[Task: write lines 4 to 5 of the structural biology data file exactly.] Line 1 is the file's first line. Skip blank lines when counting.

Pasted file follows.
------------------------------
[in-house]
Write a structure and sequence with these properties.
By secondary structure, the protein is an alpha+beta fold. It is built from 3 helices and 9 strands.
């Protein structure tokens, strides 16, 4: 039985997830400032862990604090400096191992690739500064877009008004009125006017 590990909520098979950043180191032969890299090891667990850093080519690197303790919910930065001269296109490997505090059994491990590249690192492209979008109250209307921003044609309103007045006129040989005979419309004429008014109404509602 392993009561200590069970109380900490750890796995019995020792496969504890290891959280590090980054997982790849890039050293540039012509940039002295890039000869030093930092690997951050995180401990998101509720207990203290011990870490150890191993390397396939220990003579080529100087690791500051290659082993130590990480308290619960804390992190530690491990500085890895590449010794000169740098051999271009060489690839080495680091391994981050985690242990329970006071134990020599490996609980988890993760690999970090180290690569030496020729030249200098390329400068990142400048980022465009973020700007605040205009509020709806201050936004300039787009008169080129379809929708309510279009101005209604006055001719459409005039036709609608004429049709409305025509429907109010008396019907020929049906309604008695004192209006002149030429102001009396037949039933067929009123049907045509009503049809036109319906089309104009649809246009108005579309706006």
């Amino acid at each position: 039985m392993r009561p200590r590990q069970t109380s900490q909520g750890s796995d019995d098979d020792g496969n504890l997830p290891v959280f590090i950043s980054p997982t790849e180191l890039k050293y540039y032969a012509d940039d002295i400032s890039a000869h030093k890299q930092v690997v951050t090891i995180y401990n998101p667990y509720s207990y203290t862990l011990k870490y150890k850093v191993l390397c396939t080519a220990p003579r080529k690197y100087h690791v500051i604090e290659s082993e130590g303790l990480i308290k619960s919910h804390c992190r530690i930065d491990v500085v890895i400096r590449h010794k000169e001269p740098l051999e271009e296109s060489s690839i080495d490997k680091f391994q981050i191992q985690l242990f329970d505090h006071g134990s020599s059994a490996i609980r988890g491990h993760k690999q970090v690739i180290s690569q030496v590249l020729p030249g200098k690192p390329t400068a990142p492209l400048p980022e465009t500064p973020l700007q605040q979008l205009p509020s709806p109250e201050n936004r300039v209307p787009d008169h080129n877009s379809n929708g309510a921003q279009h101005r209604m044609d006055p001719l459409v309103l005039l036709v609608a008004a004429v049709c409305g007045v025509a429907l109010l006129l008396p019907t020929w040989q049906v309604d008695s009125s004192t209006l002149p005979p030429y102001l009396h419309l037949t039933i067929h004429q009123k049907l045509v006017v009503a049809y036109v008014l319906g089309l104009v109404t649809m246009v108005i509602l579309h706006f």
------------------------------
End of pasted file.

């Protein structure tokens, strides 16, 4: 039985997830400032862990604090400096191992690739500064877009008004009125006017 590990909520098979950043180191032969890299090891667990850093080519690197303790919910930065001269296109490997505090059994491990590249690192492209979008109250209307921003044609309103007045006129040989005979419309004429008014109404509602 392993009561200590069970109380900490750890796995019995020792496969504890290891959280590090980054997982790849890039050293540039012509940039002295890039000869030093930092690997951050995180401990998101509720207990203290011990870490150890191993390397396939220990003579080529100087690791500051290659082993130590990480308290619960804390992190530690491990500085890895590449010794000169740098051999271009060489690839080495680091391994981050985690242990329970006071134990020599490996609980988890993760690999970090180290690569030496020729030249200098390329400068990142400048980022465009973020700007605040205009509020709806201050936004300039787009008169080129379809929708309510279009101005209604006055001719459409005039036709609608004429049709409305025509429907109010008396019907020929049906309604008695004192209006002149030429102001009396037949039933067929009123049907045509009503049809036109319906089309104009649809246009108005579309706006």
């Amino acid at each position: 039985m392993r009561p200590r590990q069970t109380s900490q909520g750890s796995d019995d098979d020792g496969n504890l997830p290891v959280f590090i950043s980054p997982t790849e180191l890039k050293y540039y032969a012509d940039d002295i400032s890039a000869h030093k890299q930092v690997v951050t090891i995180y401990n998101p667990y509720s207990y203290t862990l011990k870490y150890k850093v191993l390397c396939t080519a220990p003579r080529k690197y100087h690791v500051i604090e290659s082993e130590g303790l990480i308290k619960s919910h804390c992190r530690i930065d491990v500085v890895i400096r590449h010794k000169e001269p740098l051999e271009e296109s060489s690839i080495d490997k680091f391994q981050i191992q985690l242990f329970d505090h006071g134990s020599s059994a490996i609980r988890g491990h993760k690999q970090v690739i180290s690569q030496v590249l020729p030249g200098k690192p390329t400068a990142p492209l400048p980022e465009t500064p973020l700007q605040q979008l205009p509020s709806p109250e201050n936004r300039v209307p787009d008169h080129n877009s379809n929708g309510a921003q279009h101005r209604m044609d006055p001719l459409v309103l005039l036709v609608a008004a004429v049709c409305g007045v025509a429907l109010l006129l008396p019907t020929w040989q049906v309604d008695s009125s004192t209006l002149p005979p030429y102001l009396h419309l037949t039933i067929h004429q009123k049907l045509v006017v009503a049809y036109v008014l319906g089309l104009v109404t649809m246009v108005i509602l579309h706006f």